oh yeah they eat babies TOO!!!

on Thursday, October 6th, Rodney said

For the last time, only Polish Jews eat babies. The rest will eat children of any age.

on Friday, October 7th, Paul Kircher said

Thanks me, glad to hear it's not true. Damn, those poor Jews are always getting funny rumors started about them. I like Jews because they take care of each other.

on Friday, October 7th, me said

Yeah and they always stick together too...

makes me wanna go out and convert. besides i havent eaten a baby in years..

on Saturday, October 8th, the drunk mailman said

don't get me wrong...i'm not a rasist...but the thought of sticky jews gives me the heebie jeebies...does a sticky jew baby taste anything like a sticky bun...do you eat them in the morning for breakfast with coffee...

on Saturday, October 8th, dogfaceboy said

I had no ideism that copernicanism and big bangism were such scurrilous lieisms!

on Sunday, October 9th, me said

Well yeah its more of a cinnamon bun sort of thing.. you know.. you got to excuse me now i have to go.. gonna go get me some Kentucky Fried baby... yum yum Colonel Rashbaums secret recipe with 11 herbs and spices...

later...

on Sunday, October 9th, briannirvana said

what is considered kosher among kids?

on Monday, October 10th, briannirvana said

quote:
Soon, gold and silver would be flowing from the New World to the Old

This is true, but recall the way they built ships in the 15 th century.
i mean the were small and wood. not ironsides or the merrimeck but cheap and inexpensive ships with sails, no nuclear driven subcommittee. a ship dependent on wind and trying its best to avoid the tropic storms and hurricanes.
i heard that more money was lost at sea than was successfully reaching spain.
go figure
the new world gold seems frivolous to the gold the spanish could have won if they just concentrated on the inquisition.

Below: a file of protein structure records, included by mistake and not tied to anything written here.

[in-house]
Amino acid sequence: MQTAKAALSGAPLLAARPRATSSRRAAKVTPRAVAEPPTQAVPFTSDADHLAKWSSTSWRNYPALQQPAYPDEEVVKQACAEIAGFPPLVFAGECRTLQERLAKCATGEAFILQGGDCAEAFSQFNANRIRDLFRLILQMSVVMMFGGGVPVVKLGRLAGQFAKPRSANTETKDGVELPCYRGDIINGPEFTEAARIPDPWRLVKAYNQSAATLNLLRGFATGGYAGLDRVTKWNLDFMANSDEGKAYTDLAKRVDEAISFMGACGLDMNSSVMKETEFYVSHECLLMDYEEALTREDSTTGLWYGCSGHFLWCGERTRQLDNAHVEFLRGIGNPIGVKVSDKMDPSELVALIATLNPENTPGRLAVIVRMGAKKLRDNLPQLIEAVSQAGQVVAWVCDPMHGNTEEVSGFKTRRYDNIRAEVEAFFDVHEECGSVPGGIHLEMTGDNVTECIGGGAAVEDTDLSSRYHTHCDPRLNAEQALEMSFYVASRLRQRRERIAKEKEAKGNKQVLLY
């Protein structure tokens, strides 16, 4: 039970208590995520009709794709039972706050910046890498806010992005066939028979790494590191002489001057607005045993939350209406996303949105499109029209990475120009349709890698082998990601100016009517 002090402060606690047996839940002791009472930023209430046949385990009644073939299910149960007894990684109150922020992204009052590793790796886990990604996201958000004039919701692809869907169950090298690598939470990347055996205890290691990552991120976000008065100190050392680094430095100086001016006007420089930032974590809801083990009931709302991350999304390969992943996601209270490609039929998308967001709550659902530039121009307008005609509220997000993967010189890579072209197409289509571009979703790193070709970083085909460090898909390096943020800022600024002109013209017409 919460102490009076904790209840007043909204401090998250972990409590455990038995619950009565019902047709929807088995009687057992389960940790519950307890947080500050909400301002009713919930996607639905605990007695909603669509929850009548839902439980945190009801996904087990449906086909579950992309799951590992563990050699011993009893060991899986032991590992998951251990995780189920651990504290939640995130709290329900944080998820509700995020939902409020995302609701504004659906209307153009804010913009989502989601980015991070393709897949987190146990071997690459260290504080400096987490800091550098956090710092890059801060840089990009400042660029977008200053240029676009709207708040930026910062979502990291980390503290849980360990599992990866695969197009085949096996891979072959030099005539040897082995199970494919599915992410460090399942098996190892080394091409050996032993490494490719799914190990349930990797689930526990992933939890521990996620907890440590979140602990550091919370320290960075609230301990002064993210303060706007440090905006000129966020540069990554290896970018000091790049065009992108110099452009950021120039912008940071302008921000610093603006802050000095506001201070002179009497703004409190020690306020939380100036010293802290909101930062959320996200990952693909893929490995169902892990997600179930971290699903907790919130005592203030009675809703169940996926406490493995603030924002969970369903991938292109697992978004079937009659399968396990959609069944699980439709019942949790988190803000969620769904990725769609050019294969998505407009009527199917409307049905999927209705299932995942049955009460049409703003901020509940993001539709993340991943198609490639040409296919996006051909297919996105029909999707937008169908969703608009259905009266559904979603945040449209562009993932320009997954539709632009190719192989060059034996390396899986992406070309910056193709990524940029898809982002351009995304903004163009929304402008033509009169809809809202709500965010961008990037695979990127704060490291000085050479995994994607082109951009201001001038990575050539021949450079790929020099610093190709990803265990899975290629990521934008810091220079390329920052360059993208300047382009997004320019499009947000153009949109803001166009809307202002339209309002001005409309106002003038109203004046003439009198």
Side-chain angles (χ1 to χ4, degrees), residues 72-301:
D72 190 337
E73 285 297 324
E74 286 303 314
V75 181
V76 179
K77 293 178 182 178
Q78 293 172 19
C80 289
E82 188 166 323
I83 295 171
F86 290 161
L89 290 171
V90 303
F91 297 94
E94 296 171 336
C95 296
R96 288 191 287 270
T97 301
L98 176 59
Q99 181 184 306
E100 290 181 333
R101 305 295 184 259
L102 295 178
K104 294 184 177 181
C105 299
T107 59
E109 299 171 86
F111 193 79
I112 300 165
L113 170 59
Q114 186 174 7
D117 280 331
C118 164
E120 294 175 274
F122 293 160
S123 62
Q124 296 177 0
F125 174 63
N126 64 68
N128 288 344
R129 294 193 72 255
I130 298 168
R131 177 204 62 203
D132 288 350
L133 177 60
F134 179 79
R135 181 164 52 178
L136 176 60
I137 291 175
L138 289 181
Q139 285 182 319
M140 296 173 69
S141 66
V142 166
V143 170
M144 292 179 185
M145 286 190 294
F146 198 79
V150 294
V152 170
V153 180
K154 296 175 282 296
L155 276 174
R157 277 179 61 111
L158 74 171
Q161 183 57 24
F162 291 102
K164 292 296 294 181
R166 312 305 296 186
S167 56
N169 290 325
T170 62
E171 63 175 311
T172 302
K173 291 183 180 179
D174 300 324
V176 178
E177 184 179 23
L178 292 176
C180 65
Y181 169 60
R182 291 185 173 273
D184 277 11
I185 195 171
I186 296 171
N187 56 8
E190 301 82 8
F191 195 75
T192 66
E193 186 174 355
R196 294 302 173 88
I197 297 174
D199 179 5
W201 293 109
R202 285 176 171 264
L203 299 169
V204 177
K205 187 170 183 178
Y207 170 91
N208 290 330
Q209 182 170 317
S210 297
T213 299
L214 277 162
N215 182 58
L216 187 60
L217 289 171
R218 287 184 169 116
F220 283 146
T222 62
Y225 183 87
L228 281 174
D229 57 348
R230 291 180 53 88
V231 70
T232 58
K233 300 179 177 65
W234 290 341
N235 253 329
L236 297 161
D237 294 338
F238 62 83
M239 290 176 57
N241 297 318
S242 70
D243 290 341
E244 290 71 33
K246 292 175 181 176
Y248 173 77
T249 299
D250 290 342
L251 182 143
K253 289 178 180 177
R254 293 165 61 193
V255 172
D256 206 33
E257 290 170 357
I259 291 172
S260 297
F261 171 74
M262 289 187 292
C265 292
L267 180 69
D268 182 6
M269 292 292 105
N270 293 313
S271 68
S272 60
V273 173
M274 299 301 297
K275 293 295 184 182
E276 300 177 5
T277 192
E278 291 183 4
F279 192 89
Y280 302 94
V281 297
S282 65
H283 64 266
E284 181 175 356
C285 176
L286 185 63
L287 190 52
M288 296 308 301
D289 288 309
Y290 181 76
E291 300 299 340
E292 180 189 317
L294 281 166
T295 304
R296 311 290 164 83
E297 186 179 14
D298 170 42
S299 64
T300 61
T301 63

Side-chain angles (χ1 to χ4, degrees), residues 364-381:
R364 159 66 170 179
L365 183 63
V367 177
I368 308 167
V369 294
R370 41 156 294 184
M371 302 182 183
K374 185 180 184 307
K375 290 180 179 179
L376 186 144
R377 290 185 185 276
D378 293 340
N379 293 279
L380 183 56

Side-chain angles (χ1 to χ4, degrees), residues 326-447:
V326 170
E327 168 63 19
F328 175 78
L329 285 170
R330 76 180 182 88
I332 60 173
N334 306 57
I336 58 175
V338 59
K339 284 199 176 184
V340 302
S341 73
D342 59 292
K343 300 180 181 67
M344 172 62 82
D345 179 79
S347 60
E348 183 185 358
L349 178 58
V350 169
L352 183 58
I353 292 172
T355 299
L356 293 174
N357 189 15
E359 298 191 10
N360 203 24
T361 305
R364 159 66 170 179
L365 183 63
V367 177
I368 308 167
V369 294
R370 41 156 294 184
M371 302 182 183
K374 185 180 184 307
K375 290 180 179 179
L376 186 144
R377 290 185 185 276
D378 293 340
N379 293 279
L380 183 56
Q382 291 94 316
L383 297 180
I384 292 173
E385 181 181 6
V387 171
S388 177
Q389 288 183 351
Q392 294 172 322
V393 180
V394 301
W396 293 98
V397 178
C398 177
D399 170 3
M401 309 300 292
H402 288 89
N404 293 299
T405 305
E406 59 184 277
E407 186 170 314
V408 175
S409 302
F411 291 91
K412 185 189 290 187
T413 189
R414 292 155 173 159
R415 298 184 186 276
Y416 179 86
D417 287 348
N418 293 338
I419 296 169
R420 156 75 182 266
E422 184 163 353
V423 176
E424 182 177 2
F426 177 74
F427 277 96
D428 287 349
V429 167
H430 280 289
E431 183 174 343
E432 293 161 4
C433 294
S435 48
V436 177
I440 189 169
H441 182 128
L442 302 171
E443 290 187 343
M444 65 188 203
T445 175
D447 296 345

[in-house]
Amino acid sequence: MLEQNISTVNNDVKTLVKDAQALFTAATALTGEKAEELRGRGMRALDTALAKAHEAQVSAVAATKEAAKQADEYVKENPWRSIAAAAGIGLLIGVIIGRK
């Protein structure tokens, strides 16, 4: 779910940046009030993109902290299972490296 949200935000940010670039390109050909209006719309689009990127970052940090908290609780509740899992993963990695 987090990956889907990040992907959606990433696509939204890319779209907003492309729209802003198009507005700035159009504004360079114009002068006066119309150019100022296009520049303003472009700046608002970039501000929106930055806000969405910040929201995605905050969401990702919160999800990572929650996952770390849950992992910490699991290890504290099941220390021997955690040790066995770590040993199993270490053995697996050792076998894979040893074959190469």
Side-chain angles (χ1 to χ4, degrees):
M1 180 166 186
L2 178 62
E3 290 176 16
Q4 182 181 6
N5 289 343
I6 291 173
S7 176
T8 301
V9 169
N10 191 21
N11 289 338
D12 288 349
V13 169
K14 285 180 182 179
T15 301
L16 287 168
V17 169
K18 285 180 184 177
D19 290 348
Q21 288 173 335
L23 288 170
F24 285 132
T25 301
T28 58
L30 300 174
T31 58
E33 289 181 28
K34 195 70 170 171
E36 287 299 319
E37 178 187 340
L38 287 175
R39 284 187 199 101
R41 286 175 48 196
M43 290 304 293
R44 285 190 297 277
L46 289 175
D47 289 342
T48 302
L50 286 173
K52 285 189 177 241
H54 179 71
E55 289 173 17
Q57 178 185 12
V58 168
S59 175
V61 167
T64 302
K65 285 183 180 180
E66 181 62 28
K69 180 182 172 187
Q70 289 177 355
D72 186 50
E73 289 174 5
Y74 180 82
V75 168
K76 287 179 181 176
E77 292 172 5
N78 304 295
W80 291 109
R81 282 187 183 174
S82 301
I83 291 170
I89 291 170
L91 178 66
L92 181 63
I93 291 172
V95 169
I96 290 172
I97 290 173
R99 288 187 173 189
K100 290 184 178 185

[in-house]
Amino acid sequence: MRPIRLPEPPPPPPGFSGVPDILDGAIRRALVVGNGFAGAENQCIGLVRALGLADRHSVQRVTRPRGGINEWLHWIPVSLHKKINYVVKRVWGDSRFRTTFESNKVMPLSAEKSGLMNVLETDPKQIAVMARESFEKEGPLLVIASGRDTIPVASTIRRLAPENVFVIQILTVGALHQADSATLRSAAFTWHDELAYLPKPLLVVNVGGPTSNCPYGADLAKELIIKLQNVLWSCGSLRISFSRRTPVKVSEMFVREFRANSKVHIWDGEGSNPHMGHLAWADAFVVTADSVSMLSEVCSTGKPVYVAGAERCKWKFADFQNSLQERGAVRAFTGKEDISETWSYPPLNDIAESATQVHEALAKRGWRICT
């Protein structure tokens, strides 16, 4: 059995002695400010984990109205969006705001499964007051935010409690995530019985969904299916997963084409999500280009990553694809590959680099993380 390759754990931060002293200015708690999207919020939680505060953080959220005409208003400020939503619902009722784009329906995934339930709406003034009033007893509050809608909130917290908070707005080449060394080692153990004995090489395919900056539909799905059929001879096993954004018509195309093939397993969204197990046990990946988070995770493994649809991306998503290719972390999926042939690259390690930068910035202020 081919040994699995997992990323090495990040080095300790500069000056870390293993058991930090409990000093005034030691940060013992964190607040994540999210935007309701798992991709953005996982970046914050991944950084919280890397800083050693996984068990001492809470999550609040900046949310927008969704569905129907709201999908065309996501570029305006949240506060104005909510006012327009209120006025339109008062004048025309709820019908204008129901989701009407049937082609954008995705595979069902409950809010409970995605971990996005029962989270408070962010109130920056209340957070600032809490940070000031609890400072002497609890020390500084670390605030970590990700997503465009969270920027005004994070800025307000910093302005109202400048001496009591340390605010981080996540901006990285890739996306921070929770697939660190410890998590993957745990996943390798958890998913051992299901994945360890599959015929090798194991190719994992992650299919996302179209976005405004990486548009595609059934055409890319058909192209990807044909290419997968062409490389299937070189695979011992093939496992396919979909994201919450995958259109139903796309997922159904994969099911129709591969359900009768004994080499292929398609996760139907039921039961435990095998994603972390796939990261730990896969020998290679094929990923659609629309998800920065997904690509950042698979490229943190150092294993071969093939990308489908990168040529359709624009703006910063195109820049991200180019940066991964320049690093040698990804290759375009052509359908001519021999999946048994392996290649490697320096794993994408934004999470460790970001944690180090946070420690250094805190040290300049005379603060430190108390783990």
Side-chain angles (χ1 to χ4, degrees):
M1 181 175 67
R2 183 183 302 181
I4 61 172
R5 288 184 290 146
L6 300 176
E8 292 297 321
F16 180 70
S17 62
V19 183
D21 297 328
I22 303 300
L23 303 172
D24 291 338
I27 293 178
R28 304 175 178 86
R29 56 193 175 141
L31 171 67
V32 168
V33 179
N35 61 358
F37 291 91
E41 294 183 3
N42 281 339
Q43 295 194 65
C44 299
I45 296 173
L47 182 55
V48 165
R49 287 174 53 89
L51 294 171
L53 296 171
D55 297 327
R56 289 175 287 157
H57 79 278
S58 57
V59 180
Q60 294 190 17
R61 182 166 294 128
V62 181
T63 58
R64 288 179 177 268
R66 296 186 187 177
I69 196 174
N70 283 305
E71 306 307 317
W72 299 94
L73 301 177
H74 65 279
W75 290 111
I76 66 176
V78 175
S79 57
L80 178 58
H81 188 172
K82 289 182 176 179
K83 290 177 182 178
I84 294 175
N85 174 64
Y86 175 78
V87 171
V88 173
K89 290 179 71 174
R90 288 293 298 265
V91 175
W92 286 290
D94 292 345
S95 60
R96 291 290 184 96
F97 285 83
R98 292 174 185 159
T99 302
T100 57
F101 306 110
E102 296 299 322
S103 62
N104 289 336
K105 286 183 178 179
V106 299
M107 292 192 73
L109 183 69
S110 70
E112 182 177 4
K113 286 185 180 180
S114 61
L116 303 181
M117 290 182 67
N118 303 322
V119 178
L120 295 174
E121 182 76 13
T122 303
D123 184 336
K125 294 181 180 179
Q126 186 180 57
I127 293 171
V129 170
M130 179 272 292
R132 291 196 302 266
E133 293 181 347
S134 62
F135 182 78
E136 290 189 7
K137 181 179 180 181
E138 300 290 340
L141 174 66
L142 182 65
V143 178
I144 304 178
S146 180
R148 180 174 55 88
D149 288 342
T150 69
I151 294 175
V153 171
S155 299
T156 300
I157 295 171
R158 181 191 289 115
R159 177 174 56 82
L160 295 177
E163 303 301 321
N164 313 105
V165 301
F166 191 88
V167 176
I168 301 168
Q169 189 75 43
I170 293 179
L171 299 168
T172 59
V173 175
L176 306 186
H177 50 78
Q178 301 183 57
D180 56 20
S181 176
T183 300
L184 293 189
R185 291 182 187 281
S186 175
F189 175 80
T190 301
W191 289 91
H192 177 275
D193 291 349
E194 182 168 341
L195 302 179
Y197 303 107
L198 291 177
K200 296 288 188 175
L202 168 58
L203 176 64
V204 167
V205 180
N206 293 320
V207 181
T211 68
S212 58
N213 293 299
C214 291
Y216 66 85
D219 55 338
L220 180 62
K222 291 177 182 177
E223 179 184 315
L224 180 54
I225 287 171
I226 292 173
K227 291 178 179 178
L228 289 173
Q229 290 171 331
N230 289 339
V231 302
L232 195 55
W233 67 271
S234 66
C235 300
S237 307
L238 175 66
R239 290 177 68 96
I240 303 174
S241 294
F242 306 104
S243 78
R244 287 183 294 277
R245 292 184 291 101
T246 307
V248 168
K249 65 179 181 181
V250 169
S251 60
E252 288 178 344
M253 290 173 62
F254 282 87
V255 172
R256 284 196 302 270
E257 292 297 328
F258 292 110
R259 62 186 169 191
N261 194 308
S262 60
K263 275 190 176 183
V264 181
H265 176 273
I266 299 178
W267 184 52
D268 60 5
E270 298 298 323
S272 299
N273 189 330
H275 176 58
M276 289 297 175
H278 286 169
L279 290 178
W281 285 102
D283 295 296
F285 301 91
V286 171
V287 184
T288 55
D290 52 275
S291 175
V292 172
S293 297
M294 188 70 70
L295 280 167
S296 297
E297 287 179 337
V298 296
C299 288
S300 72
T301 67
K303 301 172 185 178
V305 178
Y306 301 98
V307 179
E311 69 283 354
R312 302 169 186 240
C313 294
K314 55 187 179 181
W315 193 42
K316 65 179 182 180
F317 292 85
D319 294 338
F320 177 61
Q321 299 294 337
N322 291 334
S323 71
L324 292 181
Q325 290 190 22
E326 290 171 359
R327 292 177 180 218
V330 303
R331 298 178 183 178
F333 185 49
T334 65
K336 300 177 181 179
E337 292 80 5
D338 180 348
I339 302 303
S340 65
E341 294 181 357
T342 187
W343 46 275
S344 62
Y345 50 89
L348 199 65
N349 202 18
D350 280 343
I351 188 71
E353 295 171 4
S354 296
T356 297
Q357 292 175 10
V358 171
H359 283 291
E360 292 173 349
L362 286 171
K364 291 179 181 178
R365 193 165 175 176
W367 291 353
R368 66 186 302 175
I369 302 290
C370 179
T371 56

on Thursday, October 13th, Paul Kircher said

Rodney please e-mail me with pithy comments, paul@paulkircher.com, paul@paulkircher.com. Name and town, name and town, name and town if you wish to opine. No bloviating, that's my job.

on Tuesday, October 18th, Conn Buckley said

Wow, for the very first time in the months ofreading your posts I find myself disagreeing with you, but only on the most minute of points. Guy Richie's films, while not deserving of Oscars (or even "Rodney Anonymous Tell's you what to watch") are superior to 90% of the crap that Hollywood rolls out.

on Wednesday, October 19th, eric said

i hear jews from the south eat a lot of baby-q and pickled baby feat

on Wednesday, October 19th, eric said

jews prefer not to eat chinese baby's because they know they'll be hungry again in a half an hour

on Friday, October 21st, me said

hmmmm. eric... you got a point there i have had that problem in the past too... all you can eat chinese baby and whamo... half hour later... your rummaging through the fridge for something else..

on Wednesday, October 26th, Paul Kircher said

Image hosted by Photobucket.com

on Thursday, October 27th, briannirvana said

i need a cold shower

on Sunday, October 30th, Rigney said

That was very interesting, and well thought out.
Wish I'd had an opportunity to proof-read it for you, though. Spelling, grammer, and punctuation errors abound.

on Monday, October 31st, Paul Kircher said

Image hosted by Photobucket.com

Happy Halloween!

on Monday, October 31st, briannirvana said

jeez,
i need a cold shower,
again?

divide2 (4k image)